The views expressed by this blogger and in the following reader comments do not necessarily reflect the views and policies of the Dawn Media Group.

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Comments (29) (Closed)


Ravi
Feb 01, 2012 12:21pm
"Tell us how many militants you killed and how many civilians"...how does the author expect the US government to do this ? I doubt if US government officials will be allowed to count and verify casualties in the frontier areas of Pakistan !
Anonym
Feb 01, 2012 12:45pm
The electro-mechanical automaton is fighting a bio-mechanical automaton. So no it is not a man vs machine war. The location of a future man vs machine war will be somewhere in west not afpak. That drone strikes have less collateral damage than other competing methods is a fact. Militants are now spending more time planing to protecting themselves then planning to kill others. That seems to be a huge problem for some commentators.
ali
Feb 01, 2012 01:11pm
Keep enjoying drone strikes..........Such a pathetic, pitiable, graceless, humiliated nation.........you're safe heaven for terrorists and terrorism.....
Doritos
Feb 01, 2012 01:12pm
ABSOLUTELY LOVE IT!!! I hope the whole Obama Administration gets a good look at this article. You're a great writer Shyema Sajjad.
leo
Feb 01, 2012 02:06pm
Why there is no statement from COAS Kayani on this blatant admission by Obama???
shankar
Feb 01, 2012 02:30pm
Civialian casualities are very sad indeed! However thw war on terror is not easy on the countries that are fighting terrorism. They have to deal with an enemy without a face, who mingles with the civilian poulation freely, uses civilians as cover and also blows up civilians to smithers at his own will. These trrorist monsters respect no borders. They create havoc in their country and also walk over the borders and create havoc in their neghbouring countries. Under these dangerous circumstances usage of drones seem to be a good option. Don't forget that many more civilians have died of terror attacks than drone attacks.
Muhammad Farooq
Feb 01, 2012 07:13pm
they have been using drone attacks and now they have started dialogues with Talibans, let the drones be replaced with dialogues for permanent peace, security, stability and prosperity in Afghanistan.
David
Feb 01, 2012 09:43pm
Dear Shyema Sajjad, What would you hae us do? Allow these terrorists to plot and attack us in USA and any where else in the world with impunity and shower them with Christian charity as a reward for murdering us? NO. We need to kill these evil beasts. The civilian deaths are definitely regrettable and US has done it's best to minimize them. Any innocent life lost is one too many. If Pakistan had done it's job of keeping these terrorists out of the country you would not be seeing these drones over Pakistan and violating your so called "SOVERIGNTY" which the terrorists are raping with impunity.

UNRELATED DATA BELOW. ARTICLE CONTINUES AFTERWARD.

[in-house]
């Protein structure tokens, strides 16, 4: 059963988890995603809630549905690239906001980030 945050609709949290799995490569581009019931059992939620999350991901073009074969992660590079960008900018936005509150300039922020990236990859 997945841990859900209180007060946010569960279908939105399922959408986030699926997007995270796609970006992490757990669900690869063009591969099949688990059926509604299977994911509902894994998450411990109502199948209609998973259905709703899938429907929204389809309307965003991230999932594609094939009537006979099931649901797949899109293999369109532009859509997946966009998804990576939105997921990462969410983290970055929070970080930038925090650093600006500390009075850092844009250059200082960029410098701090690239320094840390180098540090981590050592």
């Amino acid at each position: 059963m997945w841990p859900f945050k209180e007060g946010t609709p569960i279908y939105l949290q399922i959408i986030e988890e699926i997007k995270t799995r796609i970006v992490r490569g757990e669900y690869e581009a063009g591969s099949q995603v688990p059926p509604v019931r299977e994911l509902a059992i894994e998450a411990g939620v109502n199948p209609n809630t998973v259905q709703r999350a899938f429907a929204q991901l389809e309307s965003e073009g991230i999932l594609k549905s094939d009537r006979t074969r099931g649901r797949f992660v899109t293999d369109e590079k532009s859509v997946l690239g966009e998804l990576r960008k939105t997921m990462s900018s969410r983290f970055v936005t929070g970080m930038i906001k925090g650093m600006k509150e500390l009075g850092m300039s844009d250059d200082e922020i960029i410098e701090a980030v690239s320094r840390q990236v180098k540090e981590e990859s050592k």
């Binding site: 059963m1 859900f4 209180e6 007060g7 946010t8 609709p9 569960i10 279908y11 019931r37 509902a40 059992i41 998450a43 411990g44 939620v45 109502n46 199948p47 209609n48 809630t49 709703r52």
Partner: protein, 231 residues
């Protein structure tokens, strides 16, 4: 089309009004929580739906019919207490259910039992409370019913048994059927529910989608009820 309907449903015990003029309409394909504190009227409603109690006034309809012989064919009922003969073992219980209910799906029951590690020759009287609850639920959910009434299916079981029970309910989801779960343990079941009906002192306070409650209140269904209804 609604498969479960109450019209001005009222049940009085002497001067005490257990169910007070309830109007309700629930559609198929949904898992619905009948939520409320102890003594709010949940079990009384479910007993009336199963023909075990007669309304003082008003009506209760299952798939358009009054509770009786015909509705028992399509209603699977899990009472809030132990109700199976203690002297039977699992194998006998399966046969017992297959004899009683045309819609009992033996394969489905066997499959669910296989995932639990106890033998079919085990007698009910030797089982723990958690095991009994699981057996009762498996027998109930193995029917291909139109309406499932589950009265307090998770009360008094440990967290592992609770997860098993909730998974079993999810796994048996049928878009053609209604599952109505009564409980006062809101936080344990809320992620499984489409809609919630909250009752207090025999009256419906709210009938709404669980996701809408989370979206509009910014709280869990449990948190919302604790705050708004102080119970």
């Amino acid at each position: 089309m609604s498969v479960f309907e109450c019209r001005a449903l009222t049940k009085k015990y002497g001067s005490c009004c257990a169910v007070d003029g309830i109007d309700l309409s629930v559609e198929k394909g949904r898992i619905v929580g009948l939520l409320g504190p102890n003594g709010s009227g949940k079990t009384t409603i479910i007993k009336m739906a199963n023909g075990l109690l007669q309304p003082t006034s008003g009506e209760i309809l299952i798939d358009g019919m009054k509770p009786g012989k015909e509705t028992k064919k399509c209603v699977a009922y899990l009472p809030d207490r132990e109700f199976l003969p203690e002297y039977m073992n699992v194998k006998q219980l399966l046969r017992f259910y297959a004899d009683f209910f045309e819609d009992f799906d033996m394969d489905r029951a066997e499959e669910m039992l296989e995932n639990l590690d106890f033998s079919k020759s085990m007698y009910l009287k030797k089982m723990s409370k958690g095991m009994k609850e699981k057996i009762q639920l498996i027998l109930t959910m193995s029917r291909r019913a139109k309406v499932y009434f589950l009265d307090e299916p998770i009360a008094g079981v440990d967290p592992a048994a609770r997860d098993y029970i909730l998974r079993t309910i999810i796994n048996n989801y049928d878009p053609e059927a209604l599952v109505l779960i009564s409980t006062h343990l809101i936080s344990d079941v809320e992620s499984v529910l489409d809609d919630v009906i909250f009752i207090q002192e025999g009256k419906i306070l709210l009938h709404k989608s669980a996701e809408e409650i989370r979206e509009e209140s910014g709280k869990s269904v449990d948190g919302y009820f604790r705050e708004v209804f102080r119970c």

Jhana
Feb 01, 2012 10:40pm
there is a simple solution to this situation. Pakistan needs to take on the terrorists and rid the country of them, all by itself. They are killing many times more people than are a few drones, yet you would rather focus on drones than our own failure as a nation to clean out these monsters. Why?
AAJ
Feb 01, 2012 11:06pm
International law gives this right to nations... if a sovereign nation cannot prevent terrorists from attacking other countries, then the affected countries have the right to retaliate. The US does not have to just sit like ducks in Afghanistan while the Taliban cross the border to fight, and yet have little risk of death in Pakistan, when they return to train and rest. As to civilian casualties, 2 points. a) Was there not an air strike against 31 Taliban by the PAF, just yesterday? Were there no civilian casualties? b) Drones stay in the region for hours, undetected. They can be much more certain of who is who. A PAF fighter flies in at high speed, is given a target, and takes it out. They do not stay in the region very long to verify casualties. So, if drones cause one less death than a fighter strike, or an artillery strike, or a village to village ground conflict where thousands are displaced, then they are well worth it. Pakistan has a cancer and drones are delivering chemotherapy.
Vijay
Feb 01, 2012 11:09pm
Dear Shyema, I undertsand you passion and pain at the loss your country is suffering. But if you put aside grief and think logically, answer my points. COWARDS WAR - if drone strikes are cowardly, what do you call suicide bombings by minor children, burqua clad women, posing as civilians, journalists etc, attacking and then hiding among civilians etc is also cowardice and it was first started by whom??. CROSS BORDER VIOLATIONS - What about people trained in those tribal areas fanning around world to fight their so called holy wars, do you see any CB Violations here?? DRONE OPERATORS - If you had issue with them sitting behind comp screens, sipping coffee and striking , what about the suicide bobbers who casually walk in to markets and just press a switch, at least those operators are trying to find correct targets. DEATH TOLL - If you really wanted to know hte death toll, then allow the world/ media to visit your areas, why that secrecy, if it is only civilians. Do even you have the guts to visit fata, then how do you expect other to do?? INNOCENT CIVILIANS - if a innocent father/mother/brother of a terrorist are gracious enough to allow him in to their house, feed him after he has committed a grave crime of training young suicide bombers, flogging women etc, then those innocent people are no more innocent. Lets assume out of 1000 people in fata 100 are militants and rest are INNOCENT, the inncent have a responsibility of controlling those bad people, else they have to face consequences as they let them live in their midst and directly/indirectly support their actions. So my conclusion here is the US is just paying back in the same coin, iam not saying its right, but just that the enemy is equally bad and started first. SO instead of criticizing them it woule you can help the whole situation by trying to educate those INNOCENT people of their indirect mistakes. CAN YOU DO IT???